Soros gives $1 million to pro-pot campaign

san francisco   |   Billionaire financier George Soros has thrown his weight behind California’s marijuana legalization measure with a $1 million donation a week before the vote.

The contribution, reported Oct. 26 by the Sacramento Bee, is the single biggest donation from an individual other than Proposition 19’s main sponsor, Oakland medical marijuana entrepreneur Richard Lee.

George Soros

Soros, a Jewish high-profile liberal and philanthropist, has long backed drug law reform. He was one of the top financial backers of California’s first-in-the-nation measure legalizing medical marijuana in the state in 1996.

But Soros held off on openly endorsing Prop. 19 until writing an op-ed published Oct. 26 in the Wall Street Journal. In the piece, Soros said legalizing and taxing marijuana would save taxpayers the costs of incarceration and law enforcement while raising revenue for the state.

“Just as the process of repealing national alcohol prohibition began with individual states repealing their own prohibition laws, so individual states must now take the initiative with respect to repealing marijuana prohibition laws,” Soros wrote.

The $1 million donation came one day after the Yes on 19 campaign launched its first television ad. The opposition’s campaign also recently took to the airwaves for the first time with a radio ad sponsored by the California Chamber of Commerce, claiming the law would threaten workplace safety and harm the state’s economy.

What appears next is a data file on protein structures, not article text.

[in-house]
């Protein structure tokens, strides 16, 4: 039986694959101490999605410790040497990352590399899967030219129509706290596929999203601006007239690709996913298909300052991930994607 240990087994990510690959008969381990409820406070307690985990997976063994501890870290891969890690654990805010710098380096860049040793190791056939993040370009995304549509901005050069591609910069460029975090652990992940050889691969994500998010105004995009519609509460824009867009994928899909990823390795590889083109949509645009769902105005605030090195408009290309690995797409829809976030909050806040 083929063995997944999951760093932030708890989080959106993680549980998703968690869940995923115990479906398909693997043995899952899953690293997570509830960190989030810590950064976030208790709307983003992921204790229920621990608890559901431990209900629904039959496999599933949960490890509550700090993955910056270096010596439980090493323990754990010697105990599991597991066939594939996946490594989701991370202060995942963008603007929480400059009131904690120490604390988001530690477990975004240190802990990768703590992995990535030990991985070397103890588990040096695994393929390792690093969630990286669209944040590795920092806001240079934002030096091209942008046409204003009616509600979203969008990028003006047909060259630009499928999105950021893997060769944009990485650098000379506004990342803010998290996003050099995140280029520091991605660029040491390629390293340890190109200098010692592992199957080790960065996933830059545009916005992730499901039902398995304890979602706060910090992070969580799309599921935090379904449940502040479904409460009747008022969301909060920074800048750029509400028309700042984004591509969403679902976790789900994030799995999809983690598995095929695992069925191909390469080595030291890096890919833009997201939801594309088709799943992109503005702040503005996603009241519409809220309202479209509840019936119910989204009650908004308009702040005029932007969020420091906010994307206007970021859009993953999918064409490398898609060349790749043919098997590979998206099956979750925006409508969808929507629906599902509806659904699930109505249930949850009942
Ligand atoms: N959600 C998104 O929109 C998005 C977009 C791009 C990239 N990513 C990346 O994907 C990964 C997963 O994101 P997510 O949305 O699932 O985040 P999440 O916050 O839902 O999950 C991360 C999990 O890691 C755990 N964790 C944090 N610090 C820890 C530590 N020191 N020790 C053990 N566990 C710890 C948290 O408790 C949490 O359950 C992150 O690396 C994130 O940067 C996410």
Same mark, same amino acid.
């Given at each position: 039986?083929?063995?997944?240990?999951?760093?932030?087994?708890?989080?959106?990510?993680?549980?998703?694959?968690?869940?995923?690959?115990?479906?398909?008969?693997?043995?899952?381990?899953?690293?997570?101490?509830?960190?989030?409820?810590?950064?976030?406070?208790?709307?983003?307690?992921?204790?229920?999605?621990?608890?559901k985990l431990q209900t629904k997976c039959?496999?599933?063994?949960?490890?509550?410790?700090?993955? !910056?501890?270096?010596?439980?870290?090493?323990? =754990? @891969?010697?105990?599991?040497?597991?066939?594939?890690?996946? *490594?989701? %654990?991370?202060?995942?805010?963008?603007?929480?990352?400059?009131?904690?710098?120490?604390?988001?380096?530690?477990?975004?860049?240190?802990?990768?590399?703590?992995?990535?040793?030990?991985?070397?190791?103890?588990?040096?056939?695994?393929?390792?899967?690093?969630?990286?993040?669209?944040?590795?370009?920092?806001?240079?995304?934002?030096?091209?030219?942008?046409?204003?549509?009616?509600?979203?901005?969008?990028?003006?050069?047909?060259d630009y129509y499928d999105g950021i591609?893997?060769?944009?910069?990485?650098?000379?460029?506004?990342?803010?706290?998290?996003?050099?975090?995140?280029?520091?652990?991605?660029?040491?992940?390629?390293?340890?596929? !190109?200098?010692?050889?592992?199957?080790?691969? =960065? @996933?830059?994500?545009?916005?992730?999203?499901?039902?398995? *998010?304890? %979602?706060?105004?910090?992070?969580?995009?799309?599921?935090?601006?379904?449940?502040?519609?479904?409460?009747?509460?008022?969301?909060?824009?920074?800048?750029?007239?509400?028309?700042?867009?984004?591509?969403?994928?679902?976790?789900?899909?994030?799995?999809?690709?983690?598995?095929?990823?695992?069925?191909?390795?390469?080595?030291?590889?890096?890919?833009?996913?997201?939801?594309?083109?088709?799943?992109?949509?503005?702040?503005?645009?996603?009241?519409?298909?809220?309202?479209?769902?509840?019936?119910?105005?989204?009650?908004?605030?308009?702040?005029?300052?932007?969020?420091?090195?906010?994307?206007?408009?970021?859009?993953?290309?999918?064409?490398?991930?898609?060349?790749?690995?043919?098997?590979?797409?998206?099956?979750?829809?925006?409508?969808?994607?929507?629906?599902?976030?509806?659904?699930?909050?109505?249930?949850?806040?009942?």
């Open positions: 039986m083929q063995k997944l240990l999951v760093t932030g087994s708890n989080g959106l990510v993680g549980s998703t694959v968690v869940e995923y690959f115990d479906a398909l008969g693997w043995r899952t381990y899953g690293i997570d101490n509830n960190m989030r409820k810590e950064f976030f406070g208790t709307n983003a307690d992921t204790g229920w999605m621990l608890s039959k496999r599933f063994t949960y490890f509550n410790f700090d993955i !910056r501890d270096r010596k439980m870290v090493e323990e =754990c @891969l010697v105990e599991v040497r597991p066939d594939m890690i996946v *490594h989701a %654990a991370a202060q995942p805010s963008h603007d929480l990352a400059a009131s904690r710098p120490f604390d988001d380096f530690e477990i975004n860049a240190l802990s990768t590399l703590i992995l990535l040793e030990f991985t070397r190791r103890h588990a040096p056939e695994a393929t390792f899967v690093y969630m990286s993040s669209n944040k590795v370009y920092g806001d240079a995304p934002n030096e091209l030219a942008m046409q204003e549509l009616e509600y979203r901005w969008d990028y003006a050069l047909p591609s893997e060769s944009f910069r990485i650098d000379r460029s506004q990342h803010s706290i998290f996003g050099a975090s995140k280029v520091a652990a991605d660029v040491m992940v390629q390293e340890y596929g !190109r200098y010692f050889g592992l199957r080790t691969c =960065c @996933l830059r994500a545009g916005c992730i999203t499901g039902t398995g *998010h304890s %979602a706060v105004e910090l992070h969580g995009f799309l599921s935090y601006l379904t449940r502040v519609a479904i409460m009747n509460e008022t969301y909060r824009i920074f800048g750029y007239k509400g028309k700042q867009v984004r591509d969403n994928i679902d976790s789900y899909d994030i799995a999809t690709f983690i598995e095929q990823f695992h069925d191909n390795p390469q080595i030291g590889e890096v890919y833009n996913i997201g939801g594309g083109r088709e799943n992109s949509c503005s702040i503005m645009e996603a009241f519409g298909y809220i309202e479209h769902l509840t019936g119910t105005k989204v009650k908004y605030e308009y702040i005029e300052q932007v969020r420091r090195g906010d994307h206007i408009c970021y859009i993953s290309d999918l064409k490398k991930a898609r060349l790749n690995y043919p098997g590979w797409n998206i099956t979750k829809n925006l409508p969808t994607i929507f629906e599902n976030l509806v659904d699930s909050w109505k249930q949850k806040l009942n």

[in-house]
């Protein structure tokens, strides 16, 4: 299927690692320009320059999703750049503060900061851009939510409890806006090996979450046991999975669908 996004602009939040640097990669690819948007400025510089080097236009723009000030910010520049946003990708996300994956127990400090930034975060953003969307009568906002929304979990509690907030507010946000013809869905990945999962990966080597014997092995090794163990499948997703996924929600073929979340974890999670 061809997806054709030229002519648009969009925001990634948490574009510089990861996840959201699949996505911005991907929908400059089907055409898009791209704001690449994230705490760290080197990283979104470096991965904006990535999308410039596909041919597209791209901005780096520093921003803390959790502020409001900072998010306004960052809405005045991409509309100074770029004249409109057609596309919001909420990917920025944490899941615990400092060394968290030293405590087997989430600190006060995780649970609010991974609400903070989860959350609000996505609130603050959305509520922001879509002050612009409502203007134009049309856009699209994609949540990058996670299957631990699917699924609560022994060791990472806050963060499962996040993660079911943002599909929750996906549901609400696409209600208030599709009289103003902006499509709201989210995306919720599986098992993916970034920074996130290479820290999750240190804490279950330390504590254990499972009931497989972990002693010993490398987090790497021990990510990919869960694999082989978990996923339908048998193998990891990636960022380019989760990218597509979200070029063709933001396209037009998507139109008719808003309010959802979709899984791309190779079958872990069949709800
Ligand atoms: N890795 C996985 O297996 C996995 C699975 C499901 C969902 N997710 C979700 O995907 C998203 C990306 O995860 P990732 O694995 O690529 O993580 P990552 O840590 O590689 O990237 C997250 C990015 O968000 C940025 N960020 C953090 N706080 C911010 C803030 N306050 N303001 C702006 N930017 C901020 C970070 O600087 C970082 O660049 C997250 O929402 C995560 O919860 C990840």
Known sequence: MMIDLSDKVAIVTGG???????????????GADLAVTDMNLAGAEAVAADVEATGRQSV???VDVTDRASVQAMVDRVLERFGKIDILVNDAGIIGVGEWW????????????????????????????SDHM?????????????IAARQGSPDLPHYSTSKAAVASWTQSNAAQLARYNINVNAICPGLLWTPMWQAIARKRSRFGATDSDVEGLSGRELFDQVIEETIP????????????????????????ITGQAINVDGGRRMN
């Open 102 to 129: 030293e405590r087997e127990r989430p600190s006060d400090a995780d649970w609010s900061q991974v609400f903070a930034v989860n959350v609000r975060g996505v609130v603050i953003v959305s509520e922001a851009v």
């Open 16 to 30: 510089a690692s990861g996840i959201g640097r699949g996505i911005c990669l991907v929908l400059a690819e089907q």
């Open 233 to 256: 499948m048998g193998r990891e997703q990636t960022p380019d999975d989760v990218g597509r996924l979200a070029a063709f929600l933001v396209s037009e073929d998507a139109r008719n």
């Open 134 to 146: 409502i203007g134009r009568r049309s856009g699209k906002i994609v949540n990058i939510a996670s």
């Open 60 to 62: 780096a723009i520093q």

Soros’ money went to a campaign committee overseen by the Drug Policy Alliance, a drug legalization advocacy group. Soros sits on the group’s board and is a major donor.

George Zimmer

The money will be spent on get-out-the-vote efforts, on-the-ground campaigning and television advertising, said Ethan Nadelmann, the alliance’s executive director and a longtime adviser to Soros on drug policy issues.

Soros has long supported medical marijuana and decriminalizing the drug for personal use but has been ambivalent about broader legalization, Nadelmann said. The 80-year-old investor finally decided to support Proposition 19 after seeing how the ballot measure had “elevated the discourse” around drug law reform, he said.

“For him, it’s not been about legalization per se, but about rolling back the drug war,” said Nadelmann.

Until this week, neither side in the ballot measure contest has seen a huge outpouring of cash, though supporters have significantly out-raised opponents. Supporters of the measure had raised about $3.8 million, including the Soros donation. The No campaign had raised about $300,000.

Other high-profile donations to Proposition 19 in recent days include $50,000 from Men’s Wearhouse chief executive George Zimmer — a Jewish, longtime Bay Area resident — and $70,000 from hedge fund president and Paypal co-founder Peter Thiel, according to campaign finance records.

Roger Salazar, spokesman for the No on Prop 19 campaign, called the big-ticket donations to the other side a sign of panic as polls show support for the measure dropping.

“We’ve always known that they would outspend us. In fact, they’ve outspent us from day one,” Salazar said. “It seems to us the more they’ve spent, the more they’ve gone down in the polls.”